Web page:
Travel Writing

Travel Writing

A selection of my best travel writing

“Why do you go away? So that you can come back. So that you can see the place you came from with new eyes and extra colors. And the people there see you differently, too. Coming back to where you started is not the same as never leaving.” – Sir Terry Pratchett

The best thing about travel is being able to tell stories about the experience. Here you will find a selection of my travel stories, from searching for a holy figure in Japan to teaching English in South Korea. Click on the images or download the articles in PDF format. Visit my blog for more travel posts:

Searching for Kobo Dashai

This article received a City Press travel writing prize:

#Trending readers are being asked to submit their travel pieces for a chance to win a trip to Durban. From the first entries, Annetjie van Wynegaard captivated us with her search for the resting place of Buddhist priest Kobo Daishi in Japan.

At first the train stopped at bustling stations with hordes of Japanese businesspeople, smartphone-wielding teenagers and American tourists pressing up against each other. Then the crowd thinned and as we neared the end of the line, the stations became older, more contained.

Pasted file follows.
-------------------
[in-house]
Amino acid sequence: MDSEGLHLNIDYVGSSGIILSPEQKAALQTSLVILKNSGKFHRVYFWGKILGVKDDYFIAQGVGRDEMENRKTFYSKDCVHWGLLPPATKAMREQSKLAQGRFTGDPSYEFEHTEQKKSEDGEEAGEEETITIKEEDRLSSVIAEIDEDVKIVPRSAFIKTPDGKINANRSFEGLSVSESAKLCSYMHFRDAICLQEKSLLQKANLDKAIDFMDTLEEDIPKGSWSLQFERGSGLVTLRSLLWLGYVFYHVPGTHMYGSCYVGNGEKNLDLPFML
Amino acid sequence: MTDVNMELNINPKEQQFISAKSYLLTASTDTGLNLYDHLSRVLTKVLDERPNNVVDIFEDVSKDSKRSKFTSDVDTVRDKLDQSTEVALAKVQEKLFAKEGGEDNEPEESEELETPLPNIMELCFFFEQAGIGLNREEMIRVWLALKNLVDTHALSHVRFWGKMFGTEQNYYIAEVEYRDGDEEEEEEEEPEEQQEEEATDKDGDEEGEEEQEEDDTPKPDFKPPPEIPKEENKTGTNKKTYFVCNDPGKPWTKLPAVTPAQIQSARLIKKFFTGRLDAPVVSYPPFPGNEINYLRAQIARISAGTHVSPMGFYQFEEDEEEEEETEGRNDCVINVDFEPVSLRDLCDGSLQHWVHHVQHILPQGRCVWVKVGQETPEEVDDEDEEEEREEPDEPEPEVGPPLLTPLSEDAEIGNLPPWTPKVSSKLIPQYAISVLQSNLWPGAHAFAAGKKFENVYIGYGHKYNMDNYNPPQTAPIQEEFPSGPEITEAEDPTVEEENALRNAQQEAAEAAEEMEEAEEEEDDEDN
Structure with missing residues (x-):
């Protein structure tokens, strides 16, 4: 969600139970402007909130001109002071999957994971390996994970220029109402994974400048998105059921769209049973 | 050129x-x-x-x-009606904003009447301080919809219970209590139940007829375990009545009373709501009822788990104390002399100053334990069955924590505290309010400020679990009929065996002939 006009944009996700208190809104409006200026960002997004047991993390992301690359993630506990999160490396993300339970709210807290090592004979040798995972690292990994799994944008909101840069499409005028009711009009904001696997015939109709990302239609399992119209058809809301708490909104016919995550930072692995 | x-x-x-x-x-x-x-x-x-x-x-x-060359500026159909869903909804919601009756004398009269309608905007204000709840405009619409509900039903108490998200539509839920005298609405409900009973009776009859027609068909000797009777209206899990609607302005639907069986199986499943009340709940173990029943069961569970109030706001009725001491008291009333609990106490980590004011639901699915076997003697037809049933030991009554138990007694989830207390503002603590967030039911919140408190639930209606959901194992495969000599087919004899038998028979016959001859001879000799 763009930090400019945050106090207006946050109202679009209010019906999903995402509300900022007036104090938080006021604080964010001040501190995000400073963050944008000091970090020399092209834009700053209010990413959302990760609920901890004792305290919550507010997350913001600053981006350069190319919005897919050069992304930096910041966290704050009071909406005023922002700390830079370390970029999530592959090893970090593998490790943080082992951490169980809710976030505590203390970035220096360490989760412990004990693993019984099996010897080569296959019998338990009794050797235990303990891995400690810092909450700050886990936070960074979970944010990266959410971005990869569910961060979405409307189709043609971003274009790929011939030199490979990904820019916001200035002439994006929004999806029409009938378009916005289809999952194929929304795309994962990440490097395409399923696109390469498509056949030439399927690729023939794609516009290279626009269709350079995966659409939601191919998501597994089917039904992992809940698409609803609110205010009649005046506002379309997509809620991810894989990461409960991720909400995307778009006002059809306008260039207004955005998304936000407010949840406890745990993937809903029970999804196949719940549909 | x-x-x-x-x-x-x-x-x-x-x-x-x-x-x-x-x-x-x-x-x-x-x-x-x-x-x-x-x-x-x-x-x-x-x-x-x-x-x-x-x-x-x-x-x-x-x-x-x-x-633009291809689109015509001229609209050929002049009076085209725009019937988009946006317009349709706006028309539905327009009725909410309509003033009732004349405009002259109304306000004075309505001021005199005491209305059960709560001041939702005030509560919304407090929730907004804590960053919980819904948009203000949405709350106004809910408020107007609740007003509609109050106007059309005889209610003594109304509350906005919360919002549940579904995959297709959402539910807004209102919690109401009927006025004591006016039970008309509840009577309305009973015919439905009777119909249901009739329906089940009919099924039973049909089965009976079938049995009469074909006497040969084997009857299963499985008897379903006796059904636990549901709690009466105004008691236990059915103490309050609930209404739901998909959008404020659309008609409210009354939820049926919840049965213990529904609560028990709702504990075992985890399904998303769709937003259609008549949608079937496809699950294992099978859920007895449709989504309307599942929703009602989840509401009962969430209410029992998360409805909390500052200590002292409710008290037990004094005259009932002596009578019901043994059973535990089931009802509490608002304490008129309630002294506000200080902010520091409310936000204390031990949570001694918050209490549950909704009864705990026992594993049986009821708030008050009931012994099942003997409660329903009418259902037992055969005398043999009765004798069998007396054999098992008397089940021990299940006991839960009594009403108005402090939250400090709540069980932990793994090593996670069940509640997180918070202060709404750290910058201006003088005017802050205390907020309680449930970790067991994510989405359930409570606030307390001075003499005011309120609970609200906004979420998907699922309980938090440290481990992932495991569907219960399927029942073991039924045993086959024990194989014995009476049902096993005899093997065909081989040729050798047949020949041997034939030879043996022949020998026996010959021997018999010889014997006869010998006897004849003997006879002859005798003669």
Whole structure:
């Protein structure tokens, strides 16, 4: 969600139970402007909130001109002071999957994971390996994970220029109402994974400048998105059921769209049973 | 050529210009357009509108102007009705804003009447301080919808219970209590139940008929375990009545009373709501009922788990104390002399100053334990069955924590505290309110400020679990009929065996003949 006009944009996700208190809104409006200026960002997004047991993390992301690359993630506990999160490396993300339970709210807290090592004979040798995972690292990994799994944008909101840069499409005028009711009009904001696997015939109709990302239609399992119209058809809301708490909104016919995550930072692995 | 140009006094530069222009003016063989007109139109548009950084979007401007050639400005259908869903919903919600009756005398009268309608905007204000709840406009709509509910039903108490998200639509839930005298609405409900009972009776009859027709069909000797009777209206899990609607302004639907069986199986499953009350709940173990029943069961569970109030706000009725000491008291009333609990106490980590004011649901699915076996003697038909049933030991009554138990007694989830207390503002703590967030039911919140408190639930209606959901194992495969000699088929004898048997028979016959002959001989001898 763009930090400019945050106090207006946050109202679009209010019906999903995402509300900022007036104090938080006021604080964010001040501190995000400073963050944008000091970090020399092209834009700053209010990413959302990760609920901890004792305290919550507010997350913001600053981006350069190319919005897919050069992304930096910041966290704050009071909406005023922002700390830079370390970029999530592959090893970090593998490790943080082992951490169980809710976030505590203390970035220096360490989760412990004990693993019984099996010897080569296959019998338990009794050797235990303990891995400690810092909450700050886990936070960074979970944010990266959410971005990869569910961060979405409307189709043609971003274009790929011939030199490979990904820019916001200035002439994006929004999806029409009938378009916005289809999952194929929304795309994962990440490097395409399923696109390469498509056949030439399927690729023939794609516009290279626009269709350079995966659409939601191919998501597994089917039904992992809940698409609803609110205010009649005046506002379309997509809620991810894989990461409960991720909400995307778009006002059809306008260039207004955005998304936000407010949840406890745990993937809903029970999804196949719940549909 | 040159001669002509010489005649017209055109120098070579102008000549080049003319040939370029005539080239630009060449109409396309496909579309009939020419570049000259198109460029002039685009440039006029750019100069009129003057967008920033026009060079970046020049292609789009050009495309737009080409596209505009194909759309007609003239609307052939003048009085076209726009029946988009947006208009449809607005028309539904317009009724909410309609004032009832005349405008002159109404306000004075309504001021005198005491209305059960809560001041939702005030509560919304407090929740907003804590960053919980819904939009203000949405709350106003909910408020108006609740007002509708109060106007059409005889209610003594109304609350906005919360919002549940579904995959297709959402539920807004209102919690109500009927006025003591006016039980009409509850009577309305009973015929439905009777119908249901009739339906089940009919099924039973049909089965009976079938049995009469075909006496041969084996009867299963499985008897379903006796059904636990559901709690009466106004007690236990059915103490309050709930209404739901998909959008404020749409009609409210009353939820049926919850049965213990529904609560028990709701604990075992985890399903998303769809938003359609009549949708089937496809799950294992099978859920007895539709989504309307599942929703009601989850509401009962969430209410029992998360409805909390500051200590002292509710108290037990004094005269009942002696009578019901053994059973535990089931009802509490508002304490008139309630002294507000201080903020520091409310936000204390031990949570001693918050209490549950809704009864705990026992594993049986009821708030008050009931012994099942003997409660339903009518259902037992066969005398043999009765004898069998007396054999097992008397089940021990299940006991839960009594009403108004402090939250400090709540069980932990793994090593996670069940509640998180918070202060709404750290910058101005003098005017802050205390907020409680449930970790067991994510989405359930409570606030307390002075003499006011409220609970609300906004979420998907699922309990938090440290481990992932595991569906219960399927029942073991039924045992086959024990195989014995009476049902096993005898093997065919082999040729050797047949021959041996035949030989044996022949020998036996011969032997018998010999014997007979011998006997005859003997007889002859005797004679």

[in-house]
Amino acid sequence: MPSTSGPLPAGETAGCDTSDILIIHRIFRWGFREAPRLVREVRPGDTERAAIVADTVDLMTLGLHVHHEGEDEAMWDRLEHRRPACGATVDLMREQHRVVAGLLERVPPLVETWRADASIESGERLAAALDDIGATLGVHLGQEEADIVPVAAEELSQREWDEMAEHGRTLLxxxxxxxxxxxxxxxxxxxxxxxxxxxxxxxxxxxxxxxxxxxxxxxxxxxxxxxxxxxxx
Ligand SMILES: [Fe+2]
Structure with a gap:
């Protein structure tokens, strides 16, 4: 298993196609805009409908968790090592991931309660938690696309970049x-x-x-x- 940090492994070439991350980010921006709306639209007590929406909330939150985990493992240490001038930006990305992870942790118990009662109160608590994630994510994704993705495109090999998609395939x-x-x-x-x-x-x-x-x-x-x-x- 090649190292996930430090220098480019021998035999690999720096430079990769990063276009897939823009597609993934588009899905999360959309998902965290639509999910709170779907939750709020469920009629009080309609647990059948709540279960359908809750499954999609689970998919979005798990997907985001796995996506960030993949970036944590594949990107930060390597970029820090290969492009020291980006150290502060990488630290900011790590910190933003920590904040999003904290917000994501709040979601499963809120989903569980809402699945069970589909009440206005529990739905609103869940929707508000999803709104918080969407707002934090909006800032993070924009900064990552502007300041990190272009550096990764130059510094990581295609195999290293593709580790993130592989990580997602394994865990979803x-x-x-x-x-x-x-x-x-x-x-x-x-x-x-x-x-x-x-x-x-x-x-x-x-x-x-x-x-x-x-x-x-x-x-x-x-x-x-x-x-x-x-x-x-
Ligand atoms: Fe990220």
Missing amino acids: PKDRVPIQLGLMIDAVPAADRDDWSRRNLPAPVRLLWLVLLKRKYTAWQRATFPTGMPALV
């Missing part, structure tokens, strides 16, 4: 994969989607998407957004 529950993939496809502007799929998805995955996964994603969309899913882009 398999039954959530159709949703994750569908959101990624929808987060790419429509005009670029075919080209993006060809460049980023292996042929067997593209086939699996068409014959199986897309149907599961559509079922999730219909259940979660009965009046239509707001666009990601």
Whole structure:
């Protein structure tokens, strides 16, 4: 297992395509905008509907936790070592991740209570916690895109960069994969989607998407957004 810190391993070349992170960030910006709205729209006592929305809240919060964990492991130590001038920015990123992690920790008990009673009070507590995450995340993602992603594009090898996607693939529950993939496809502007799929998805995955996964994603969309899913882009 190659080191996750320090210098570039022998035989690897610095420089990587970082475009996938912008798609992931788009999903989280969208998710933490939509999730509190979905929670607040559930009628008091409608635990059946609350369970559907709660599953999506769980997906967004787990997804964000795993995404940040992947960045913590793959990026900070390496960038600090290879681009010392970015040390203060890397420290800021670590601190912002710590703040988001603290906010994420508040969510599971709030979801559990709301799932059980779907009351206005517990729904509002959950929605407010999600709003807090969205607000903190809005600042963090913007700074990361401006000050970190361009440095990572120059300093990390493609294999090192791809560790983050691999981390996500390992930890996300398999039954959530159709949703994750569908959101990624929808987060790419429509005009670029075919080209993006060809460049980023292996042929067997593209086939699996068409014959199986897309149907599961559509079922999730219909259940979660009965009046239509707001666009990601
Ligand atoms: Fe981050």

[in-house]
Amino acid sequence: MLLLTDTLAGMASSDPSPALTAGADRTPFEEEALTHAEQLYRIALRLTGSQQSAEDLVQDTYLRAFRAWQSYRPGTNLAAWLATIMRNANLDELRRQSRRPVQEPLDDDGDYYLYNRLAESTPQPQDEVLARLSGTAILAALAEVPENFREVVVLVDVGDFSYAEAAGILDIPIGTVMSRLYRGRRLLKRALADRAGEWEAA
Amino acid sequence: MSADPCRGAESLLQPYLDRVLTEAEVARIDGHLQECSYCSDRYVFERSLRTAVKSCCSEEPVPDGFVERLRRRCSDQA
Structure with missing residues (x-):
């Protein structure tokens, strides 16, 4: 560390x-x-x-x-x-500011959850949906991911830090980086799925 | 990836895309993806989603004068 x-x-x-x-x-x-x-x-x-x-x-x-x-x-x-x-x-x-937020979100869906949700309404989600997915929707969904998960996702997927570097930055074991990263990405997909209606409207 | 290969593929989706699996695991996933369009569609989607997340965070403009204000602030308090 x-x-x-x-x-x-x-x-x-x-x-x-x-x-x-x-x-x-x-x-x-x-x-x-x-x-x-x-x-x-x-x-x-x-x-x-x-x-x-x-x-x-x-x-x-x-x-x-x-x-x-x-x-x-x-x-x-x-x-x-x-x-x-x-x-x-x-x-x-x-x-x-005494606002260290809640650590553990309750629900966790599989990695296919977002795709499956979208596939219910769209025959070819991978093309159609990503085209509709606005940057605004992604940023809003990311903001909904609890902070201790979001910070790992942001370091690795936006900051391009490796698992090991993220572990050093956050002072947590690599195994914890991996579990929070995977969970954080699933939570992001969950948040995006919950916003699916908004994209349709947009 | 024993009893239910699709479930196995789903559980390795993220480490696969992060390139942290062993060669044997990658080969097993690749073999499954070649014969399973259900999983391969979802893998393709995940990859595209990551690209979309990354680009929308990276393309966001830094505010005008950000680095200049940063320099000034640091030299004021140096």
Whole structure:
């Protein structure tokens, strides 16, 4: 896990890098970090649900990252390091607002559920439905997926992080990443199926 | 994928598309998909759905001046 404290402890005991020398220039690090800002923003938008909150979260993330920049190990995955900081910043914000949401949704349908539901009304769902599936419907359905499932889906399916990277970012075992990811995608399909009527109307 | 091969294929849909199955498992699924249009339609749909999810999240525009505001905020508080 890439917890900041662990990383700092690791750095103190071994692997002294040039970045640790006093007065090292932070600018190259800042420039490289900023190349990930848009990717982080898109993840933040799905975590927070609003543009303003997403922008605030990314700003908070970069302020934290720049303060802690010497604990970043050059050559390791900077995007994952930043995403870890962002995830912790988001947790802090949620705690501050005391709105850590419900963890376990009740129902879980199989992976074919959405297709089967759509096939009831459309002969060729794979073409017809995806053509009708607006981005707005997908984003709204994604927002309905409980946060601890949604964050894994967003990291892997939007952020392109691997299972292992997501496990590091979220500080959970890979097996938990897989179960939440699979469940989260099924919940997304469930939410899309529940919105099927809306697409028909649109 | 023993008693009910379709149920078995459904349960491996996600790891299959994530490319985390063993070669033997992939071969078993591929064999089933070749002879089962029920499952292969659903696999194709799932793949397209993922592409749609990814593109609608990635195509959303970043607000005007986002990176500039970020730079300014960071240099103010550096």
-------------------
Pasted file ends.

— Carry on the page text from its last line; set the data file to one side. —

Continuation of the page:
* * *


Winter’s port

This article appeared in Kulula’s in-flight magazine::

During the biennial Calitzdorp Winter Festival, the mountains are capped in snow and visitors warm themselves with portstyle wines from Axe Hill, Boplaas, Calitzdorp Wine Cellar and De Krans. Portuguese cultivars like Touriga Nacional and Tinta Barocca flourish in the arid climate, which prompted Calitzdorp to call itself SA’s Port Capital, at least until 2012, when Portugal legally prevented the use of ‘port’ to describe non-Portuguese wines.


* * *


A lonely but easy life

A reflection on my second time in Korea:

Thousands of young SA graduates have gone overseas to teach English in South Korea, taking advantage of its competitive pay and promise of adventure. Longtime teacher Annetjie van Wynegaard describes what it’s really like:

It’s hard to describe South Korea to people back home. My friend and fellow English teacher Palesa Ashleigh Mgidi calls it a mixture of easy and lonely: “Everything here is easier and affordable: getting resources, transport; everything you need is available for you to lead your life without interruption. Lonely, because nothing is familiar; I miss people who look like me and speak like me.”


* * *


More Travel Writing

During my final year in South Korea (2016), I worked as a content creator for EPIK e-Press — the English Program in Korea. I created regular blog posts, photographs and videos about my travels in Korea and my life as an EFL teacher.

Follow the link below for all my EPIK posts, as published on my blog Reviews on a Train and re-published on EPIK e-Press:


, , ,

Posted on

February 9, 2017

Submit a Comment

Your email address will not be published. Required fields are marked *